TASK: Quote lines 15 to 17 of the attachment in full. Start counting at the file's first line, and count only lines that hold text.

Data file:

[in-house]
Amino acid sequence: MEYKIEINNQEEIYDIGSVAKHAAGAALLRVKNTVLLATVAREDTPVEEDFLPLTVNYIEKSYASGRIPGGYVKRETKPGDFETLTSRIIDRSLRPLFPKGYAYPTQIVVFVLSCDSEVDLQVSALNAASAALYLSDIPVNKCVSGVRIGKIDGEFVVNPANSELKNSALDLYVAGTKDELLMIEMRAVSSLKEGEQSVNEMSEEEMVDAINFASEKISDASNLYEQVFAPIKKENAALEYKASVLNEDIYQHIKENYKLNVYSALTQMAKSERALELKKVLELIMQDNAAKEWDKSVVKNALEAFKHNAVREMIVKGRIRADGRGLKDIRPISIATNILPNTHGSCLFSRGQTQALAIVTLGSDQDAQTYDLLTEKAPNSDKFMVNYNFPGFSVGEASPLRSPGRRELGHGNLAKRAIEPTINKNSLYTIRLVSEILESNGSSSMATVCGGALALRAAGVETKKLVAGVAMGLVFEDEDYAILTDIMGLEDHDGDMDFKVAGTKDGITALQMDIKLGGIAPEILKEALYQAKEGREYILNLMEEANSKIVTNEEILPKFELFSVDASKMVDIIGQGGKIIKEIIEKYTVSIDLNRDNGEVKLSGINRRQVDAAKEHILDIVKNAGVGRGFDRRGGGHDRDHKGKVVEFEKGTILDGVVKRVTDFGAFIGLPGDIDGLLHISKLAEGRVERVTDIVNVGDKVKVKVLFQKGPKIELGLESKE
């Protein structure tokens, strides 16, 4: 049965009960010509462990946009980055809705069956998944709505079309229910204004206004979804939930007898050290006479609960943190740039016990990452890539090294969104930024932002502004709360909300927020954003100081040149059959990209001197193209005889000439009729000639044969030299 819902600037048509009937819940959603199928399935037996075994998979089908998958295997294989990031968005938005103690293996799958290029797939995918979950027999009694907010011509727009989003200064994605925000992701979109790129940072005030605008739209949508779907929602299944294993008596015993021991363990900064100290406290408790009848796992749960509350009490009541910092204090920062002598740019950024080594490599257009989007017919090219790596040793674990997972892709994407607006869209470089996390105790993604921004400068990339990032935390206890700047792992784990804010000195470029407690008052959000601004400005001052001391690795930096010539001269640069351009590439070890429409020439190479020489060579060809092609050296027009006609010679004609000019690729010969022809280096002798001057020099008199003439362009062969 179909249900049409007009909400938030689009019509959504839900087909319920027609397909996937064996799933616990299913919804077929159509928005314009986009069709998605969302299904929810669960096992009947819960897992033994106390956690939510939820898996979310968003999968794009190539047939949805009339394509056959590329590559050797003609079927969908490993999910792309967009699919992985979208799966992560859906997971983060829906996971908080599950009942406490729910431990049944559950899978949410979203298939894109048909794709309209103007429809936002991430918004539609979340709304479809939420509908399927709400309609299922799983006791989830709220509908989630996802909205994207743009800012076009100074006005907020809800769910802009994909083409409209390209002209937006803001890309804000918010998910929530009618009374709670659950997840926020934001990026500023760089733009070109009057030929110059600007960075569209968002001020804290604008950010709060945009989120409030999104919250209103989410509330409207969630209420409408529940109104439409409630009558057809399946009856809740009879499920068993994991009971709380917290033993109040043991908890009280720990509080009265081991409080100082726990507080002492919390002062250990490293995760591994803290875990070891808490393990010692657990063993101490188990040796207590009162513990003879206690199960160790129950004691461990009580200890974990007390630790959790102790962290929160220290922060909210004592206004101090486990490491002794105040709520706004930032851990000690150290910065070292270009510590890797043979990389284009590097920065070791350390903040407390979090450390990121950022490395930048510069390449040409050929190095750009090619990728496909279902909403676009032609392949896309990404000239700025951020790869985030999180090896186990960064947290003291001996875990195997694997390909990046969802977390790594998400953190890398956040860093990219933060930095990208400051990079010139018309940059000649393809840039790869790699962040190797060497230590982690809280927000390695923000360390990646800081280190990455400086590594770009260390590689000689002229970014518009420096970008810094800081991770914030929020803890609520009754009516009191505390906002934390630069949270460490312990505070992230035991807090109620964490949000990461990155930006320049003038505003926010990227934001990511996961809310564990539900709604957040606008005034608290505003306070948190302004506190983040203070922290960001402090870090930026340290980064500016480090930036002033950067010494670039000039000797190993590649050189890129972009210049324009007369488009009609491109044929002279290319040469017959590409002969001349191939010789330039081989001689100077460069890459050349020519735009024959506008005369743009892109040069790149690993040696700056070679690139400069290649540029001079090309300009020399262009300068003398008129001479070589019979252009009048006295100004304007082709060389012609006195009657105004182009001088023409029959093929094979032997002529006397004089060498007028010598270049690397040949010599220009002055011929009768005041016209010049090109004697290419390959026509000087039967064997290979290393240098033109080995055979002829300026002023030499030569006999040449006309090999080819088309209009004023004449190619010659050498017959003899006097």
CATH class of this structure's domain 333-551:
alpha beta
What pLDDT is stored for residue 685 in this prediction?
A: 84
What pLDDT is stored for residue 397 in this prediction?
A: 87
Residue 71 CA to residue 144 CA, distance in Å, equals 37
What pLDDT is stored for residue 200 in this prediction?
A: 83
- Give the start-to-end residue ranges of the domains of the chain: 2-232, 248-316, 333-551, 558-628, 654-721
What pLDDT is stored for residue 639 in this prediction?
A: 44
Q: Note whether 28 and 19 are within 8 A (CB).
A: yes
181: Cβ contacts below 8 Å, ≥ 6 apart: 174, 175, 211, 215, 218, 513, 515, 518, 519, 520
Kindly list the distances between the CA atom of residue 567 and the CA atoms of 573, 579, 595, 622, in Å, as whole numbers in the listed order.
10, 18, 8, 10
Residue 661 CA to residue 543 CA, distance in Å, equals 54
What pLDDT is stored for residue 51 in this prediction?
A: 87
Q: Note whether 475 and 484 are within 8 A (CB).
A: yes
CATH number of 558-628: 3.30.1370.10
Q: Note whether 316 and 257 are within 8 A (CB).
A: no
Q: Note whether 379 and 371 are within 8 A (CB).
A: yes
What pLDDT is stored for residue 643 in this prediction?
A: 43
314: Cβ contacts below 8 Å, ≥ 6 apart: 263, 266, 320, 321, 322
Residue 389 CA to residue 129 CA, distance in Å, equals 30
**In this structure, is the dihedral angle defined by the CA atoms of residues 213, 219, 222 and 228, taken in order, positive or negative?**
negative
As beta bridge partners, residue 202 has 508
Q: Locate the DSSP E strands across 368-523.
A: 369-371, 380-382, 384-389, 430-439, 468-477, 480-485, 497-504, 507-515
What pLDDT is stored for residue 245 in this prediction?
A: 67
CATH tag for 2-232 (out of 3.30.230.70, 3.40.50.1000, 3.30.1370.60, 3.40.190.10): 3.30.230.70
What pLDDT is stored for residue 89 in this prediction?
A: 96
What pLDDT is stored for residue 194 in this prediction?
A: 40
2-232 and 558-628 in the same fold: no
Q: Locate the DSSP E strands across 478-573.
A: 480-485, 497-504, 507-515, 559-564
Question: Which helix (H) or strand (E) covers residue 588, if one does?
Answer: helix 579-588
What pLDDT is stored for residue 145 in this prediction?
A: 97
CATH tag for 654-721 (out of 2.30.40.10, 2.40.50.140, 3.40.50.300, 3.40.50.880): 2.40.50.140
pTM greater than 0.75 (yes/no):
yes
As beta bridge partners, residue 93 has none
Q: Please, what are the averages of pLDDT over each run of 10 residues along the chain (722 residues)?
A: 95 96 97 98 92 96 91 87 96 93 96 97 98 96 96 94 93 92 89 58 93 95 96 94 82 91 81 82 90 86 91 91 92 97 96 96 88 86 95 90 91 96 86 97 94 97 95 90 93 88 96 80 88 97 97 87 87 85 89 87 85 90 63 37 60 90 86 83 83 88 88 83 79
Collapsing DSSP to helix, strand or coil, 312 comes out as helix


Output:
A: 44
Q: Note whether 28 and 19 are within 8 A (CB).
A: yes